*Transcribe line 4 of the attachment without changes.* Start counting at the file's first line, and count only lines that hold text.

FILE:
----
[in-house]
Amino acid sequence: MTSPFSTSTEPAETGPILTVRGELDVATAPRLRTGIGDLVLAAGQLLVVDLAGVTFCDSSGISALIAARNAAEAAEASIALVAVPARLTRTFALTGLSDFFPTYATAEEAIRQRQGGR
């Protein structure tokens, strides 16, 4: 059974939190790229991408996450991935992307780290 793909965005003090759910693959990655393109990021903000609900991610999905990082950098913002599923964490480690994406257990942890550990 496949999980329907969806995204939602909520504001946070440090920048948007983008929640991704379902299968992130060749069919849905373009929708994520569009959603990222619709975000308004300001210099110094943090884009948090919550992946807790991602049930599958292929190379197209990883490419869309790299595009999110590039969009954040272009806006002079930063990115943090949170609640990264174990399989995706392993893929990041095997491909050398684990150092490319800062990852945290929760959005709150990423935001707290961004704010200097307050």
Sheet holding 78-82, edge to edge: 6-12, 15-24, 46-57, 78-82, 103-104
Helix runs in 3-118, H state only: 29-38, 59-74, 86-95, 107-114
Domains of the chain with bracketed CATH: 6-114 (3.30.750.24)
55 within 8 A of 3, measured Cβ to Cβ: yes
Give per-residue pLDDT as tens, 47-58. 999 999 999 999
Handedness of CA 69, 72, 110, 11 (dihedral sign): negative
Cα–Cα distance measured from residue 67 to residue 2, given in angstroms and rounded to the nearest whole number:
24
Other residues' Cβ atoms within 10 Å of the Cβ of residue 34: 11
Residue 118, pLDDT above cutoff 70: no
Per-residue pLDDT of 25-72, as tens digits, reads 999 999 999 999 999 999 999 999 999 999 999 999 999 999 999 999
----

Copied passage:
Sheet holding 78-82, edge to edge: 6-12, 15-24, 46-57, 78-82, 103-104